From Chicken Soup for the Soul at Work

Time Out

The present time has one advantage over every other—it is our own.

Charles C. Colton

He was the president of a major advertising firm and I was a very young management consultant. I had been recommended to him by one of his employees who had seen my work and thought I had something to offer. I was nervous. At that stage in my career, it wasn’t very often that I got to talk to the president of a company.

The appointment was at 10:00 A.M., for one hour. I arrived early. Promptly at 10, I was ushered into a large and airy room, with furniture upholstered in bright yellow.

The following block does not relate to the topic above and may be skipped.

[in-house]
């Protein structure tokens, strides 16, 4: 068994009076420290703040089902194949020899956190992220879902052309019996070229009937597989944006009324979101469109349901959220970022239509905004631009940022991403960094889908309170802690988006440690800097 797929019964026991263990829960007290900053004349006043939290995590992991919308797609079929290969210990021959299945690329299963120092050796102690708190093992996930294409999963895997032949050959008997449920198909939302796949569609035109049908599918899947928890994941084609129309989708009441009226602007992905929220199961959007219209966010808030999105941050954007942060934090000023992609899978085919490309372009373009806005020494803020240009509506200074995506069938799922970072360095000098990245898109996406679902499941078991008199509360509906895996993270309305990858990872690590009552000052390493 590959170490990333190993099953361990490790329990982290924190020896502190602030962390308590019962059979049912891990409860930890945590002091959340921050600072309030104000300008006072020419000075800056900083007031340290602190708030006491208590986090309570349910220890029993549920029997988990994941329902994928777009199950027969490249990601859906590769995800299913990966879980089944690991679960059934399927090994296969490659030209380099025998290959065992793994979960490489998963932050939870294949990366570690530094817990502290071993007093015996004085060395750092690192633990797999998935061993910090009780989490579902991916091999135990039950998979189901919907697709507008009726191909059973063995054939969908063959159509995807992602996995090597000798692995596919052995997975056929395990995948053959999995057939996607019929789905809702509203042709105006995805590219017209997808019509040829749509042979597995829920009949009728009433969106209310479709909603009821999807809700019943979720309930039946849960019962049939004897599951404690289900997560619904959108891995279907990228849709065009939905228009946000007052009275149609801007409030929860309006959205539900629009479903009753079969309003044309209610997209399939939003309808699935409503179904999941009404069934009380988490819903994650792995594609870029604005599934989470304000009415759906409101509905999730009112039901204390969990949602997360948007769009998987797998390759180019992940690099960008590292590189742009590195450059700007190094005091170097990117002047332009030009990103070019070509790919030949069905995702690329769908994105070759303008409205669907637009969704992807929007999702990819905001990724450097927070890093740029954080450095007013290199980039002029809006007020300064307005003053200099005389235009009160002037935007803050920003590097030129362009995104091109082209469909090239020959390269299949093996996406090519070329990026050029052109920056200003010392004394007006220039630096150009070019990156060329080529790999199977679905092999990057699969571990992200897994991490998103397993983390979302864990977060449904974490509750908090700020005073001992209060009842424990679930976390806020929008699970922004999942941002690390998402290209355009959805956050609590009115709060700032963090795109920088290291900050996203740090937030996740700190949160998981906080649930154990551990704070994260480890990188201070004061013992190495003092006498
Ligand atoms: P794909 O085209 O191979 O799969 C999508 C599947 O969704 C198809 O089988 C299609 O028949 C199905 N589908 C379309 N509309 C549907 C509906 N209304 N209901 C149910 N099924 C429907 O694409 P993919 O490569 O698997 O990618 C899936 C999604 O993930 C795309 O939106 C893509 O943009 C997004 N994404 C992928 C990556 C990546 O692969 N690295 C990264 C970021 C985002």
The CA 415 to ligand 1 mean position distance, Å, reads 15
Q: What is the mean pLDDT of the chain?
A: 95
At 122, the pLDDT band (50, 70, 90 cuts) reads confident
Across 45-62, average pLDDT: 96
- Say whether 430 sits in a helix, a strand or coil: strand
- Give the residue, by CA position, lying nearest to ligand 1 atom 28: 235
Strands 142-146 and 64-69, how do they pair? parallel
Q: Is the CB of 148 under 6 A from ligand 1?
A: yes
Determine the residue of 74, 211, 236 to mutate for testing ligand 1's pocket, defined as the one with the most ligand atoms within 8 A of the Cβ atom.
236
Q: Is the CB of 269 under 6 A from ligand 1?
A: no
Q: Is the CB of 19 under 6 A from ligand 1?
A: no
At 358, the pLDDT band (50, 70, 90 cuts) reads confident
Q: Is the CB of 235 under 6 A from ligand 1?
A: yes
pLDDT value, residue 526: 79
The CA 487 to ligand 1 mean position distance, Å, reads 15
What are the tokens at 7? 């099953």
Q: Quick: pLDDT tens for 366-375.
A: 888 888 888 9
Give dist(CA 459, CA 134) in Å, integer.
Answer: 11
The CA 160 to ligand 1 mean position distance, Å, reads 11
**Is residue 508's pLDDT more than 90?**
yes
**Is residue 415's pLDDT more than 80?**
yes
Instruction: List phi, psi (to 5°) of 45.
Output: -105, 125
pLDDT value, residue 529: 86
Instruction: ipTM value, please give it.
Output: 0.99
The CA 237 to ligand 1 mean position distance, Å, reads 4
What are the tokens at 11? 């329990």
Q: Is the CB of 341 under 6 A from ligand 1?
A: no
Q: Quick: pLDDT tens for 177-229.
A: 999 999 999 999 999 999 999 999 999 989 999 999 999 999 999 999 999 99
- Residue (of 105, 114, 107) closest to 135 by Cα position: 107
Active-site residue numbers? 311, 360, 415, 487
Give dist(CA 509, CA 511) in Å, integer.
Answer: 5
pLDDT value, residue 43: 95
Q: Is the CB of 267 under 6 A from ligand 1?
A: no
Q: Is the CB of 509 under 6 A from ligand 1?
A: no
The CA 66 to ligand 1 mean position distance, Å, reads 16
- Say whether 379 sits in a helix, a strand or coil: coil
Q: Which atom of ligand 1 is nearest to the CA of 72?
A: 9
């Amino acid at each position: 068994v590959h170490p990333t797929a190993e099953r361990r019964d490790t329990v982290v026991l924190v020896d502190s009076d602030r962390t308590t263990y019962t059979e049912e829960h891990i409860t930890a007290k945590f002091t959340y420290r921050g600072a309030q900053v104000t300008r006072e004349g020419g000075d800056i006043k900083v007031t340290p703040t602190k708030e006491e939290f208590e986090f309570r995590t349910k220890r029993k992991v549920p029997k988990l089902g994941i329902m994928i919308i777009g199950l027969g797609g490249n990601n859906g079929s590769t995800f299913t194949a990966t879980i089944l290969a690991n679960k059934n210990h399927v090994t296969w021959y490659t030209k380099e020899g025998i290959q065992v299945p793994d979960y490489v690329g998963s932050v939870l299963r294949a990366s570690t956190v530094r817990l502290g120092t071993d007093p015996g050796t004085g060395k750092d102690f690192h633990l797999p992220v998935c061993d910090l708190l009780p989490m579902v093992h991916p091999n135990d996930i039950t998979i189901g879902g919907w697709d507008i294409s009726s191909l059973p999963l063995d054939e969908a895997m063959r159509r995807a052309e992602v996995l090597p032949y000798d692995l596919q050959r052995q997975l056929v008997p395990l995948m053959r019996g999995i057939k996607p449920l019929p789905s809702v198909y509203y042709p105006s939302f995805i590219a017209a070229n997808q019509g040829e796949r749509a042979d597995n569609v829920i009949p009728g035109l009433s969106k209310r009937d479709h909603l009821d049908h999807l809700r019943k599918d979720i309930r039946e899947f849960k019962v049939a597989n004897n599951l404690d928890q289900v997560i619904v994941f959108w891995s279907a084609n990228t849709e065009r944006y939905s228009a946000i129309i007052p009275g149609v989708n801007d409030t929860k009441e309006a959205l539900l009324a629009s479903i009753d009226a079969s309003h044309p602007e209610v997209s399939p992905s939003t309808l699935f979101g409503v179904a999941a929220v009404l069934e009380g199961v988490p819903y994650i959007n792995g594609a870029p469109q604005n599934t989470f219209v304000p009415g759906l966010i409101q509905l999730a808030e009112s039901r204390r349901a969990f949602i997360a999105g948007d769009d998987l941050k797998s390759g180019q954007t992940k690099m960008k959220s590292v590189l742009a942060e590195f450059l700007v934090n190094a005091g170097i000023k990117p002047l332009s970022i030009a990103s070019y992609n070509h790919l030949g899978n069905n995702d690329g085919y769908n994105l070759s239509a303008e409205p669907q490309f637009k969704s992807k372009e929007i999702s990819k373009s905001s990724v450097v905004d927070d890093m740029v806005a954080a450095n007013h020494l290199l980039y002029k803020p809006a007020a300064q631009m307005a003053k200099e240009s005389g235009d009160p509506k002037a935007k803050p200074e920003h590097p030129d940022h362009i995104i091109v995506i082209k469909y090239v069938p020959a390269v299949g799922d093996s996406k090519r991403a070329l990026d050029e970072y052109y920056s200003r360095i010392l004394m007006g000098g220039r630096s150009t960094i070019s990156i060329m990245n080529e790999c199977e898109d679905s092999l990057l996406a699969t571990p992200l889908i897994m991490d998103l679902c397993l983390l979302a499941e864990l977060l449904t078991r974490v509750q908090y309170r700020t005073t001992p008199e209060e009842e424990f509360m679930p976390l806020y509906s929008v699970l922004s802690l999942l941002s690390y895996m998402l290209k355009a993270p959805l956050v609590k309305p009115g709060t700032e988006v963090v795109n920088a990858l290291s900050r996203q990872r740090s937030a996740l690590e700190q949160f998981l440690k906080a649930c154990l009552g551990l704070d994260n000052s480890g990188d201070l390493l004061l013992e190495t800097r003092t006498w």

He had his shirtsleeves rolled up and a mean look on his face.

“You’ve only got 20 minutes,” he barked.

I sat there, not saying a word.

“I said, you’ve only got 20 minutes.”

Again, not a word.

“Your time’s ticking away. Why aren’t you saying anything?”

“They’re my 20 minutes,” I replied. “I can do whatever I want with them.”

He burst into laughter.

We then spoke for an hour and a half. I got the job.

Martin Rutte

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